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Portfolio Committee. Presented by: Dr Phil Mjwara, Director General, DST Portfolio Committee 20 November 2007. OECD Review of the South African NSI. Rationale. Peer review of National Systems of Innovation is an accepted tool to evaluate and improve such systems.
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Portfolio Committee Presented by: Dr Phil Mjwara, Director General, DST Portfolio Committee 20 November 2007
Rationale • Peer review of National Systems of Innovation is an accepted tool to evaluate and improve such systems. • The OECD review complements the system-wide and the EU reviews. • South Africa’s observer status in OECD S&T committee entitled us to an OECD review.
Other OECD reviews • Completed and published reviews: Switzerland, Luxembourg, South Africa and New Zealand. • China’s report will be published in early 2008. • The New Innovative Economies of the South are also using this tool, under review: Chile, Mexico • 2008 reviews: Norway, Korea, Greece, Turkey and Hungary. • Requested reviews- Russian Federation, Japan
The Review Process Involved • The selection of the OECD Review team comprising the OECD Secretariat, two countries as ‘special’ reviewers and consultants. • The submission of a South African ‘Background Report’ as the initial input. • A desktop study. • Interviews with the major stakeholders in the NSI.
The General SA reaction • There is a large measure of resonance with the OECD review outcomes. • It reinforces the recent strategic shifts in the Science, Technology & Innovation strategy. • The timing is good for such a review as there is: • An expanded STI discussion in cabinet • A change of leadership in flagship STI institutions in South Africa.
Key Review FindingsSA’s strengths • Resource-based industries and related Knowledge-Intensive Business Services (KIBS) • Knowledge infrastructure, albeit small in relation to the size of the overall population • High proportion of BERD in GERD • Tradition of linkage between major industries and the knowledge infrastructure • Industrial and academic international networks • Political awareness on the importance of STI for sustainable growth • Open, participative governance with mechanisms in place for cross-Departmental coordination
Key Review FindingsSA’s opportunities • Raise economic performance by building on existing innovation system strengths in industry – including large firms – and the knowledge infrastructure. • Investment boom provides window of opportunity for technology development, acquisition and learning – increasing absorptive capacities • Attract FDI to establish durable South African capacities • Exploit latent talents of the majority • Build on industry-research sector interactions as ‘focusing devices’ for developing the knowledge infrastructure • Revise mental models of how the innovation system operates to put producers in the centre. Further modernise the State’s role in the innovation system via “agencification” and the creation of a national policy arena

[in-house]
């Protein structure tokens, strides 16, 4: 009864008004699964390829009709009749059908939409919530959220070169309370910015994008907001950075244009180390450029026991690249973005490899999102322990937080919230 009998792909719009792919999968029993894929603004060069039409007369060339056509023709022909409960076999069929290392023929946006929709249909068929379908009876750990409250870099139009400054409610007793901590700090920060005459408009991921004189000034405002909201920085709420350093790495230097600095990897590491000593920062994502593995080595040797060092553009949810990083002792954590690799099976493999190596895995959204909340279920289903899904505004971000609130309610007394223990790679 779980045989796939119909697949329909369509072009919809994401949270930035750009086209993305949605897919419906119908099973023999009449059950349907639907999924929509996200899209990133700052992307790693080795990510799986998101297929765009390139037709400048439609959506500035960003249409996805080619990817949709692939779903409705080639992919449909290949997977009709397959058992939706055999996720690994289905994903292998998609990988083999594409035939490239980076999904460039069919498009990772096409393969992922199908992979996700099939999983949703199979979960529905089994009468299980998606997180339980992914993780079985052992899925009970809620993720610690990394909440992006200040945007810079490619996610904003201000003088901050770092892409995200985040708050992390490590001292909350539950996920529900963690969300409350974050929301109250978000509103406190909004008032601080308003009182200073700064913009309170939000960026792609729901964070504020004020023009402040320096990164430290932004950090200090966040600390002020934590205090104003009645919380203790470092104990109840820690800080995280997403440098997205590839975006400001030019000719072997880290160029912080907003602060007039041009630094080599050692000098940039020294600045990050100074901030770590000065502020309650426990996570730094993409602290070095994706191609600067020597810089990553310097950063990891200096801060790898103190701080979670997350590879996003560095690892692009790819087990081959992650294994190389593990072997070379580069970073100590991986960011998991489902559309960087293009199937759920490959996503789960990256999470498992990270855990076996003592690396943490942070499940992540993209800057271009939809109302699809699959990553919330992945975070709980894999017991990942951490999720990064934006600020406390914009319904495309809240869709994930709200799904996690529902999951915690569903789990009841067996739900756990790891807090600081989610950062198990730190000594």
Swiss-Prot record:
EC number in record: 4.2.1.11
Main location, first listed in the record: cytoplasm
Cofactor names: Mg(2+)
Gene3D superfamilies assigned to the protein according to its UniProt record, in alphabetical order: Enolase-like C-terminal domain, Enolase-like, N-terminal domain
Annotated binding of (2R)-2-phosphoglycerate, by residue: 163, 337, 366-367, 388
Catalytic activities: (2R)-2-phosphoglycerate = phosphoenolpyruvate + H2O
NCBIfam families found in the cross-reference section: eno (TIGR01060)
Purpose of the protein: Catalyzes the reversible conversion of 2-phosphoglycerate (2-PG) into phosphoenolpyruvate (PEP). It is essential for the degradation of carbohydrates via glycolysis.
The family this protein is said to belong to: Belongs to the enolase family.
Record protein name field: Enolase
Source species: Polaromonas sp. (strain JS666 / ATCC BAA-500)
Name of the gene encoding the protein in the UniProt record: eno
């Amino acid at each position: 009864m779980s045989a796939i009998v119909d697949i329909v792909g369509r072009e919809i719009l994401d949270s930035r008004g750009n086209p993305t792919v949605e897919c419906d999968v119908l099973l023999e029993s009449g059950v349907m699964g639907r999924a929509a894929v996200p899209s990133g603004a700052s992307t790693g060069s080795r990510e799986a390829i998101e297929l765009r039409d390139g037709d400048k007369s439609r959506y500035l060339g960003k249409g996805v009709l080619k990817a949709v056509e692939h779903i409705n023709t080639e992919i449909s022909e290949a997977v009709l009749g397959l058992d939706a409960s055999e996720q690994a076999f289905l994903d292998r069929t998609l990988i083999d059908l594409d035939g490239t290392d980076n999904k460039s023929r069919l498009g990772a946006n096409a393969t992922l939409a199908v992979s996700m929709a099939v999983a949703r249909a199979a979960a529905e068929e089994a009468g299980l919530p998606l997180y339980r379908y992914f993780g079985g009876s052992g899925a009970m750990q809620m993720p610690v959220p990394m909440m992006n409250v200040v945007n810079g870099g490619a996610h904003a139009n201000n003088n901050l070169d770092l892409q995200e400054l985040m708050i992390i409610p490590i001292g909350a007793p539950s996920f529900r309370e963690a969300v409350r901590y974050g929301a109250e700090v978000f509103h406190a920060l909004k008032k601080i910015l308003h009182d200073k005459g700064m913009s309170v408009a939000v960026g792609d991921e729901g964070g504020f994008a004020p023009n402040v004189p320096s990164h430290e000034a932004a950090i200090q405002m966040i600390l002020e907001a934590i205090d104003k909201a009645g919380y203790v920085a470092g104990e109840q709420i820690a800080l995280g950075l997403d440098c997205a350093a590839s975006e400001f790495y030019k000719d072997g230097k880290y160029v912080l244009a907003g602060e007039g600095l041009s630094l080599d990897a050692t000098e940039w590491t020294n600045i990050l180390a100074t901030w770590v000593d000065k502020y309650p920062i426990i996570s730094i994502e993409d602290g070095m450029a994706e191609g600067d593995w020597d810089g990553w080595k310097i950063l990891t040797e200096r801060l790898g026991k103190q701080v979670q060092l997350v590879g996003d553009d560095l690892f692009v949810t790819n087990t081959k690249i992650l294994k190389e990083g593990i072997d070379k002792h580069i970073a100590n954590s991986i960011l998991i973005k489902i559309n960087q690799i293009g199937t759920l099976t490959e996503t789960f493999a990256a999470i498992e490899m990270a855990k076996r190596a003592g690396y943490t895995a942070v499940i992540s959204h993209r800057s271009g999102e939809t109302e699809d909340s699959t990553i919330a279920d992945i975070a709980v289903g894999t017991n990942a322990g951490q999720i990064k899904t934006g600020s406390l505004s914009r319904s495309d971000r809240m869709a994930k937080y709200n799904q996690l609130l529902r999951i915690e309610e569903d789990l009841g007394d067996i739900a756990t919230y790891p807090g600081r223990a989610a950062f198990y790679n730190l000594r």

Key Review FindingsSA’s weaknesses • Poor quality schooling for many citizens - Human resource shortages at all levels involving mathematics, science and technology. Inconsistencies between immigration policies and the human resource needs of the innovation system • Lack of design, engineering, entrepreneurial and management actors (DEEM) and R&D capacity leading to an ‘engineering gap’ • Ageing, White, male dominance of industrial and academic R&D. Use of ‘level playing field’ idea in funding HE impedes the development of new institutions • Mental models of how the innovation system operates over-focused on the role of the State - Governance of the state components of the innovation system insufficiently holistic. • Strategy implementation capacity in the state’s part of the innovation system. Large ‘second economy’ with insufficient entrepreneurial and technological skills
Key Review FindingsSA’s threats • HIV/AIDS. • Social unrest, if the pace of development falters. • Demographic pressures on education, research and innovation systems caused by a large increase in the cohort of people born in the 1990s.
Key Review Findings • Human Capital for SET is sub-optimal. • A long term planning Framework is needed. • The governance framework needs more vertical and horizontal integration. • There is an innovation chasm with an insufficient number of research products directly influencing the real economy. • Science, Technology and Innovation for the 2nd economy should be more pronounced and visible.
The Responses • Governance and Policy • Innovation Focus – addressing the innovation chasm • Human Capital Pipeline
Governance and Policy • Developing a 10 Year Plan for the NSI • Launched an Innovation Survey to complement the internationally respected Research and Development Survey • Expanded Socio-Economic Partnerships capacity in DST
Innovation • Moving from a S&T system to a NSI • Linking of the Advanced Manufacturing Tech Strategy and the Advanced Minerals Initiative to the Industrial Policy Framework • Increased momentum on Fiscal Incentives • Developing a Technological Innovation Agency
Summary of Responses • 10 Year Plan • Human Capital Strategy for SET • Innovation Survey • Fiscal Packages • Foundation for Technological Innovation
Thank You#121536) Start Where You Are !